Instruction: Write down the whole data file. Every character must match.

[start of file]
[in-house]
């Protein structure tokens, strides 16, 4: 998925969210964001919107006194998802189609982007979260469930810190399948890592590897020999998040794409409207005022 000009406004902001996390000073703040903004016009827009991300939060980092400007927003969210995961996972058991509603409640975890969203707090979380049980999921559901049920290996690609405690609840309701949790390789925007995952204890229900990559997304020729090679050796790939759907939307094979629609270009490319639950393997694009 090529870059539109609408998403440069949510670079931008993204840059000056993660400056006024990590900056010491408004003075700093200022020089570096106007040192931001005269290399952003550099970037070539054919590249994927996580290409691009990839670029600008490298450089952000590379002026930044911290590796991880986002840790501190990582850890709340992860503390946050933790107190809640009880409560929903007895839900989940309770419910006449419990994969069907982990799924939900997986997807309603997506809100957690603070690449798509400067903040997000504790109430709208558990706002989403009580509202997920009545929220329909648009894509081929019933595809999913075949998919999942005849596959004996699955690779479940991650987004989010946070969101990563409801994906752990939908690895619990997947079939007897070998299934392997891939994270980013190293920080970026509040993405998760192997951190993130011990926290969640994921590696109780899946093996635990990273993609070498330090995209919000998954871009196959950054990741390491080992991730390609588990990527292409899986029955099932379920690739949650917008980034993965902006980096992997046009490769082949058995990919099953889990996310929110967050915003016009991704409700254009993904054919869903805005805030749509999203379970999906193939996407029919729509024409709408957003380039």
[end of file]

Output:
[in-house]
């Protein structure tokens, strides 16, 4: 998925969210964001919107006194998802189609982007979260469930810190399948890592590897020999998040794409409207005022 000009406004902001996390000073703040903004016009827009991300939060980092400007927003969210995961996972058991509603409640975890969203707090979380049980999921559901049920290996690609405690609840309701949790390789925007995952204890229900990559997304020729090679050796790939759907939307094979629609270009490319639950393997694009 090529870059539109609408998403440069949510670079931008993204840059000056993660400056006024990590900056010491408004003075700093200022020089570096106007040192931001005269290399952003550099970037070539054919590249994927996580290409691009990839670029600008490298450089952000590379002026930044911290590796991880986002840790501190990582850890709340992860503390946050933790107190809640009880409560929903007895839900989940309770419910006449419990994969069907982990799924939900997986997807309603997506809100957690603070690449798509400067903040997000504790109430709208558990706002989403009580509202997920009545929220329909648009894509081929019933595809999913075949998919999942005849596959004996699955690779479940991650987004989010946070969101990563409801994906752990939908690895619990997947079939007897070998299934392997891939994270980013190293920080970026509040993405998760192997951190993130011990926290969640994921590696109780899946093996635990990273993609070498330090995209919000998954871009196959950054990741390491080992991730390609588990990527292409899986029955099932379920690739949650917008980034993965902006980096992997046009490769082949058995990919099953889990996310929110967050915003016009991704409700254009993904054919869903805005805030749509999203379970999906193939996407029919729509024409709408957003380039």